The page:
Quoted from Wikipedia:
Cahuilla (also known as Lake LeConte and Blake Sea) was an extensive
freshwater lake that filled the Coachella, Imperial, and Mexicali valleys of
southeastern California and northeastern Baja California during the centuries
prior to Spanish entry into the region. The Salton
Sea, now about 55-kilometre (34 mi) long, 25-kilometre (16 mi) wide, and at
an elevation of 69 m (226 ft) below sea level), which was accidentally
created in 1905, is a much smaller analog of its prehistoric predecessor Lake
Cahuilla, that was about 180-kilometre (110 mi) long, 50-kilometre (31 mi) wide,
and rising to 12-metre (39 ft) above sea level, drowning the present sites of
the cities of Mexicali, El
Centro, and Indio.
Cahuilla was created when the lower Colorado
River shifted its course within its delta. Instead of flowing directly
south to the head of the Gulf
of California, the river's waters were diverted northwest into the Salton
Basin, the base of which lay about 80-kilometre (50 mi) below sea level. Under
climatic conditions similar to those of the early twentieth century, it would
have taken about two decades of uninterrupted river flow to fill the basin to
12-metre (39 ft) above sea level (D. Weide 1976; Wilke 1978; Waters 1983;
Laylander 1997). At that point, the lake would have overflowed to the south,
feeding half of its waters through the Rio
Hardy to the Gulf but losing the other half through evaporation. When
the river shifted its course back to the south, the isolated basin would have
taken more than five decades to completely dry out again.
former presence of a large lake in the Salton Basin was remembered by the
region's historic-period native inhabitants, the Cahuilla and
the Kumeyaay (Wilke
1978; Laylander 2004). By the mid-nineteenth century, Euro-American visitors,
including the geologist William
Phipps Blake (1858), had recognized the lake's traces, including tufa deposits
along the maximum shoreline, beaches, and deposits of freshwater mollusk shells.
J. Rogers (1945),
a pioneering archaeologist in the region, examined aboriginal pottery left on
shoreline sites and concluded that the lake had been present between about 1000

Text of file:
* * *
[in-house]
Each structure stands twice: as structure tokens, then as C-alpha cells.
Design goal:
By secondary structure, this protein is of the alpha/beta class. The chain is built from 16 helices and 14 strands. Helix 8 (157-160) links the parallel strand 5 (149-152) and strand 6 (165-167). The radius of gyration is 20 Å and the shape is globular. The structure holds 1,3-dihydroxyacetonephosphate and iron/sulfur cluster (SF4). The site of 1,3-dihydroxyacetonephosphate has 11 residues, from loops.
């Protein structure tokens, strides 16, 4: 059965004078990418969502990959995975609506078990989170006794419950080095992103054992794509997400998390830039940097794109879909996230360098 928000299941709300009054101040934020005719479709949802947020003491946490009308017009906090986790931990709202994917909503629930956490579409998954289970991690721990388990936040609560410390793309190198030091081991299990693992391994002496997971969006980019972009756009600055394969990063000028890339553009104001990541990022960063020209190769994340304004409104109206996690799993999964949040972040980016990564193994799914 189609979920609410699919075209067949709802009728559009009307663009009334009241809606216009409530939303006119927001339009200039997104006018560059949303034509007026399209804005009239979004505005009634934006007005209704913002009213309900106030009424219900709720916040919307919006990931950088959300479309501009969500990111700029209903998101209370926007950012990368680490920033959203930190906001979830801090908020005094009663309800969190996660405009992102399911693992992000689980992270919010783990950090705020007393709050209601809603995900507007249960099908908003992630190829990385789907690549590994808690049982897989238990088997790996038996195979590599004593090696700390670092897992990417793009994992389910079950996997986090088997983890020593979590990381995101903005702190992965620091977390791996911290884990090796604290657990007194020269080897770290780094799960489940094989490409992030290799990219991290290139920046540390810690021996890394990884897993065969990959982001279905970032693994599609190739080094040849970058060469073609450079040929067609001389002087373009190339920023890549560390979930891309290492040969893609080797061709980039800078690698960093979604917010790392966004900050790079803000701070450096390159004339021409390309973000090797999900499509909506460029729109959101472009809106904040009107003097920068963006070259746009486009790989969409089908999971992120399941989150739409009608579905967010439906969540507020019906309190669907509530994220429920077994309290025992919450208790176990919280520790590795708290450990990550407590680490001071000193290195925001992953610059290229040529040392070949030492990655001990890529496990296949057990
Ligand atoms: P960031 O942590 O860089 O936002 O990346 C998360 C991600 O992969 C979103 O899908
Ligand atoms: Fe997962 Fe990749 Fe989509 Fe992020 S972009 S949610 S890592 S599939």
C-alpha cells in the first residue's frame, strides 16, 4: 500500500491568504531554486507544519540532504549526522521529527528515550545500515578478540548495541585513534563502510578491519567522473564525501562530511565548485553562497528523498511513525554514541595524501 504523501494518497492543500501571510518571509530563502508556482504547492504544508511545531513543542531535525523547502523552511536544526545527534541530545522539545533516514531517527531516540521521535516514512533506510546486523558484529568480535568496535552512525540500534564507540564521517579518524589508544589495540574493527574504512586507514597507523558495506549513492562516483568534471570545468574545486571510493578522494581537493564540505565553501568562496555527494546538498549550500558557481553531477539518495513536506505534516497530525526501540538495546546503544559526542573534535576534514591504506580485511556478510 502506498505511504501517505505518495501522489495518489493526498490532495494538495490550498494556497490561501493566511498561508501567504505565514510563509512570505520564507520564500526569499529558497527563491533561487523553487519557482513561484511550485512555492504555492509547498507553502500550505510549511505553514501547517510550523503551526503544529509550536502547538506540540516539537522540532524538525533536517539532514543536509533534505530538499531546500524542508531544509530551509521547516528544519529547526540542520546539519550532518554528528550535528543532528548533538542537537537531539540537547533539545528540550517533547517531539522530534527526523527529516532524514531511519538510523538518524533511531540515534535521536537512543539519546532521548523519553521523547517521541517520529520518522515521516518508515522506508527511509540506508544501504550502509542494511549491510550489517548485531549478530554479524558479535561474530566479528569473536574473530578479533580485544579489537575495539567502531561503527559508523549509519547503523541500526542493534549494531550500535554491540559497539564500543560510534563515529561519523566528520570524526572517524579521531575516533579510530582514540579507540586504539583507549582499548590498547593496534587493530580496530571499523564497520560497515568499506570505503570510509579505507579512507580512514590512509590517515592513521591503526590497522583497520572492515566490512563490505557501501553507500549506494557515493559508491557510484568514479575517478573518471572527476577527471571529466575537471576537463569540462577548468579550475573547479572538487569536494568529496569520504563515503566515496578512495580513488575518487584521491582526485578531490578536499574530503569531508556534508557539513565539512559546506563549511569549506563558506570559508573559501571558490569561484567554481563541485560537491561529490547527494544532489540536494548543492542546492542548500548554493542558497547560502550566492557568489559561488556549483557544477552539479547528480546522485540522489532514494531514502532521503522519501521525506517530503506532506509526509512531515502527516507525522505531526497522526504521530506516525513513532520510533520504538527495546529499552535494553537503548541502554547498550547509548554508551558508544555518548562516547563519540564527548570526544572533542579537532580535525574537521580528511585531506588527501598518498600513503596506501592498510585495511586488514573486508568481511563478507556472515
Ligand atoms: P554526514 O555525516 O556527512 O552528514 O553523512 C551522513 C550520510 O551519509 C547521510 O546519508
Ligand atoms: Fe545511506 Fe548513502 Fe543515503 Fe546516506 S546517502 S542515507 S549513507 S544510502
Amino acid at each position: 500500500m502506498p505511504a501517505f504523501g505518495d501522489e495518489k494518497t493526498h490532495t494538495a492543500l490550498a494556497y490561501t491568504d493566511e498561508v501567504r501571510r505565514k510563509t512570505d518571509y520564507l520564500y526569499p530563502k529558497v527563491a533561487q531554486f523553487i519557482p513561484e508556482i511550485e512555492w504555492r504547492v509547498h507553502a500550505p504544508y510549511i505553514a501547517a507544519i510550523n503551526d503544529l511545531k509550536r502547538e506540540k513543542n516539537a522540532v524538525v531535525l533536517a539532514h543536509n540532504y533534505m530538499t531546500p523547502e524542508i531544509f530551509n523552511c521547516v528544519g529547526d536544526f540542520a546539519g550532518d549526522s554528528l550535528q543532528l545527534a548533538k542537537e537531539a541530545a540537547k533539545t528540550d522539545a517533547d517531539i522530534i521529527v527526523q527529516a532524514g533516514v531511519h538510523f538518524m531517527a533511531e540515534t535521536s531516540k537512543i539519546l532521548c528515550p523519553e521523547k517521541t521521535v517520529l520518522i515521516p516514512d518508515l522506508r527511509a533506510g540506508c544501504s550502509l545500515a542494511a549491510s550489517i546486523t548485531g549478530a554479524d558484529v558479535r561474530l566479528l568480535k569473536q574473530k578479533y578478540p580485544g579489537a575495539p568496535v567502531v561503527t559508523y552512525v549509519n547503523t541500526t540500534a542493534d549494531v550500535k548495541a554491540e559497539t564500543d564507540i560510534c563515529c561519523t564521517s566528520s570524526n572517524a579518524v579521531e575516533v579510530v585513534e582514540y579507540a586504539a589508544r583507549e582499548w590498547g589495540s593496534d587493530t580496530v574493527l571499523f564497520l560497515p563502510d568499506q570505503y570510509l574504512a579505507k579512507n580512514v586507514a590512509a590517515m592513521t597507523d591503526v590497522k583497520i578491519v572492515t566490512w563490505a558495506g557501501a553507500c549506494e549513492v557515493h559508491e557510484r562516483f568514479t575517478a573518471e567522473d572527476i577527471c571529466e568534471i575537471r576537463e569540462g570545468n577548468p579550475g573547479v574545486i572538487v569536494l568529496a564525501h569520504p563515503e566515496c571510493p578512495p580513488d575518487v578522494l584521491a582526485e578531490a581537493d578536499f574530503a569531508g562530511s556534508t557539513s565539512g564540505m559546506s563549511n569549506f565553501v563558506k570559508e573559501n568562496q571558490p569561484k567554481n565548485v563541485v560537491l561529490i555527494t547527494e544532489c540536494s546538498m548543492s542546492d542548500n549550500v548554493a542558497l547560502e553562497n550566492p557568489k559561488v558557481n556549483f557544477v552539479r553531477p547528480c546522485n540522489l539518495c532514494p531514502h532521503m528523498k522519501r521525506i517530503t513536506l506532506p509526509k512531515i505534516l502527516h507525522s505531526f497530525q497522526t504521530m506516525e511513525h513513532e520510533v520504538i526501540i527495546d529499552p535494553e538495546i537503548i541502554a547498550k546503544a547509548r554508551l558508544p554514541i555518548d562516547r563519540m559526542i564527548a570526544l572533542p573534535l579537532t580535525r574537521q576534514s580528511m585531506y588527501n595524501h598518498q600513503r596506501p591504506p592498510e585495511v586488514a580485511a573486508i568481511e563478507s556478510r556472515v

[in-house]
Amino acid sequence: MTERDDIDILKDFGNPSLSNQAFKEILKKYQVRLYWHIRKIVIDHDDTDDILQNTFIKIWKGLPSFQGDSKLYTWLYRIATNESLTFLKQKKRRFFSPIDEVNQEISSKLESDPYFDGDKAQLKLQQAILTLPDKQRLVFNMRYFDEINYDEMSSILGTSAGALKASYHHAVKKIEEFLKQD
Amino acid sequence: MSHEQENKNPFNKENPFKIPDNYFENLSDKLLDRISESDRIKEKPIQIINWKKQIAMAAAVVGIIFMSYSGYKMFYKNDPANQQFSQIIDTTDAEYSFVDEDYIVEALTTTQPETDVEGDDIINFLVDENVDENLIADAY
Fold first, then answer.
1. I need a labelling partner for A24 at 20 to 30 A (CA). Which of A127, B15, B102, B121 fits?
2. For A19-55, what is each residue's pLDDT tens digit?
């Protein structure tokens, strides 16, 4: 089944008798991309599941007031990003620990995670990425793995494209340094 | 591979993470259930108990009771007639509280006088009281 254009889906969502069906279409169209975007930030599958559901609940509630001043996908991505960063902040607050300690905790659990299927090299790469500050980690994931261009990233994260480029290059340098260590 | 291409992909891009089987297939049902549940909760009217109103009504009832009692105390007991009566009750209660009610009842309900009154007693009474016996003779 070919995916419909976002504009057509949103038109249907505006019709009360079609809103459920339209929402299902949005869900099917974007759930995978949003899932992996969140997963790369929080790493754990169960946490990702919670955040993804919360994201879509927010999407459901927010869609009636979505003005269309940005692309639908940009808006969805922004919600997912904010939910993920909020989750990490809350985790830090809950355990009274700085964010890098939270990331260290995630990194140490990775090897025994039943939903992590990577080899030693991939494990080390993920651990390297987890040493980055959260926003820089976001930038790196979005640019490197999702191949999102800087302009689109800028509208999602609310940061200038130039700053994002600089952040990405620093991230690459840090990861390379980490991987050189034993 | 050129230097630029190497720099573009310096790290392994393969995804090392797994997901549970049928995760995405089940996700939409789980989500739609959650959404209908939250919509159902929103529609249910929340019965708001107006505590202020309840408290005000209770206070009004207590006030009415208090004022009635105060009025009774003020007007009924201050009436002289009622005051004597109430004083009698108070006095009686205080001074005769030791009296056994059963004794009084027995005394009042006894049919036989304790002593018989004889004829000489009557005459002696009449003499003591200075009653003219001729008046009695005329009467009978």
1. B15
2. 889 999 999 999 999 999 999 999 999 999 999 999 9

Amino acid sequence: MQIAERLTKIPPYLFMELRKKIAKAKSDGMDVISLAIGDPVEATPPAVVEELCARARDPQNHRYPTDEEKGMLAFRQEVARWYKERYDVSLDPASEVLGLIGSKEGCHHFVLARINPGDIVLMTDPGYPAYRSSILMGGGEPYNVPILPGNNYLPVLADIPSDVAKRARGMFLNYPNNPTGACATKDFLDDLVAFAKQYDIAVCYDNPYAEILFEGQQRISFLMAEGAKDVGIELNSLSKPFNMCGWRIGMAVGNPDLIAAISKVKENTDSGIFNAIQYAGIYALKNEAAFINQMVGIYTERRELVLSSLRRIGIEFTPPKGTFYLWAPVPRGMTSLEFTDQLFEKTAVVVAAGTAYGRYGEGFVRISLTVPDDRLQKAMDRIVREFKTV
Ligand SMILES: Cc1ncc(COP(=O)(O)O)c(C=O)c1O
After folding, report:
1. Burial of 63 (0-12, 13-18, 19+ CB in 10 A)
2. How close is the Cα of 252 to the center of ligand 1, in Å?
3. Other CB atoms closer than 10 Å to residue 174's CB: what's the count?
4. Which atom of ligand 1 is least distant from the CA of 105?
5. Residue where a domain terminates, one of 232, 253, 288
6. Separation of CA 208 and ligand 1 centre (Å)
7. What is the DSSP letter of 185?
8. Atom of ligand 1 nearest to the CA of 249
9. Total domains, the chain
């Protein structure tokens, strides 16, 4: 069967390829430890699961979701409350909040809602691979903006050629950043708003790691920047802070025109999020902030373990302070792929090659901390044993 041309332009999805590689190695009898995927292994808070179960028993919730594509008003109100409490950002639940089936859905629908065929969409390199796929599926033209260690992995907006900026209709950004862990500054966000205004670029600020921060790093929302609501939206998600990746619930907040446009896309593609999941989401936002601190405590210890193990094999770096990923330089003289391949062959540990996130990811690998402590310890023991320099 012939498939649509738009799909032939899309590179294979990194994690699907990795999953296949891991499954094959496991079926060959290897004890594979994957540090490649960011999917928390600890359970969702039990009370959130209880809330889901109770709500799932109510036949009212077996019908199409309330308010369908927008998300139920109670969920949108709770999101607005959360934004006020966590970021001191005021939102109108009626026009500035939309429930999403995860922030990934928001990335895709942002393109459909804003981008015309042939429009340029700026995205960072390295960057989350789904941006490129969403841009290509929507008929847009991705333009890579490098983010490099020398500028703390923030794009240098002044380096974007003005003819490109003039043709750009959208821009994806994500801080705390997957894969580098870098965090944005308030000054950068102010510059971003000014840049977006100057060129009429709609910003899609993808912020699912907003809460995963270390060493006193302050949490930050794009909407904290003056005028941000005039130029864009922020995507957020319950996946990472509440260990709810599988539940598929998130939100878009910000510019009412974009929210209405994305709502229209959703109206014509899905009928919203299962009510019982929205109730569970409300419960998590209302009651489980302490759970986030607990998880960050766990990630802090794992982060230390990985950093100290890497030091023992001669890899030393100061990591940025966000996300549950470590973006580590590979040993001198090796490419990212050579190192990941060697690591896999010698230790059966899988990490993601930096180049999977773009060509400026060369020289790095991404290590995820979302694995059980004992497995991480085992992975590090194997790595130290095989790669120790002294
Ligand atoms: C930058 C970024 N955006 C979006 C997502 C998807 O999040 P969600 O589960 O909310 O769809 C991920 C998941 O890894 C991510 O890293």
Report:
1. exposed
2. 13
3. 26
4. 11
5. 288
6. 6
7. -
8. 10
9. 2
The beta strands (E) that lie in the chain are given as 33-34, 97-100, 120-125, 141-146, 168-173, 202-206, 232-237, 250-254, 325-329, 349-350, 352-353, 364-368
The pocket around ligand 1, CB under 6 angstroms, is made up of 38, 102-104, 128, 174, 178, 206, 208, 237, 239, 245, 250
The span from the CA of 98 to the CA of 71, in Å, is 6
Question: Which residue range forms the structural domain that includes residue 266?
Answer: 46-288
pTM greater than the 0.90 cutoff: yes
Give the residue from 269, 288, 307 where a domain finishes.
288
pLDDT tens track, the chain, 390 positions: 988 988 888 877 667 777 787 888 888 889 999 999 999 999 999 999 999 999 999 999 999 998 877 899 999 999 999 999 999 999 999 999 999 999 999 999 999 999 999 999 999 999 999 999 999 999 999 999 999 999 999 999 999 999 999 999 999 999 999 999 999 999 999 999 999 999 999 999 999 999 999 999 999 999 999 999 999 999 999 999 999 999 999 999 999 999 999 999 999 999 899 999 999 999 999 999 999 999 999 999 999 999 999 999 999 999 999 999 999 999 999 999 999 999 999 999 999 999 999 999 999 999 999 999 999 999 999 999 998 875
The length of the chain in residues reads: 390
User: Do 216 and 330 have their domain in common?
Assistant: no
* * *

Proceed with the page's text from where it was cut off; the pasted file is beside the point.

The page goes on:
and 1500. Subsequent studies have established that there were not one but
several different high stands of the lake, both prior to 1000 and subsequent to
1500, including a stand as late as the seventeenth century, when Spanish
explorers had already reached the lower Colorado River although not entering the
Salton Basin (Wilke 1978; Waters 1983; Laylander 1997; Love and Dahdul 2002).
peoples harvested a range of resources associated with Lake Cahuilla in the
otherwise-parched Colorado Desert. Prominent were freshwater fish (primarily bonytail, Gila
elegans, and razorback
sucker,Xyrauchen texanus), freshwater
mussels (Anodonta dejecta), water birds (particularly American
coot,Fulica americana), and marsh plants (cattail, Typha, tule, Scirpus,
and reed, Phragmites).
Researchers have disagreed as to how important the role of Lake Cahuilla
resources was within native subsistence strategies, and consequently how
dramatically the lake's rises and falls shaped the region's late prehistory.
Some have envisioned many permanent or semi-permanent settlements on the shores,
producing severe regional upheavals when their supporting resources disappeared,
while other researchers have seen the lake as only a marginal area within stable
regional subsistence patterns (e.g., Aschmann 1959; M. Weide 1976; Wilke 1978;
Schaefer 1994; Laylander 2006)."
pictures and info about the park please visit this website:
and I showing off our matching shirts
and I spent the next couple weeks relaxing, shopping, golfing, cleaning our lot
and the coach. Our next event was the Tamale Festival. You can't miss it. Lots
of food and entertainment.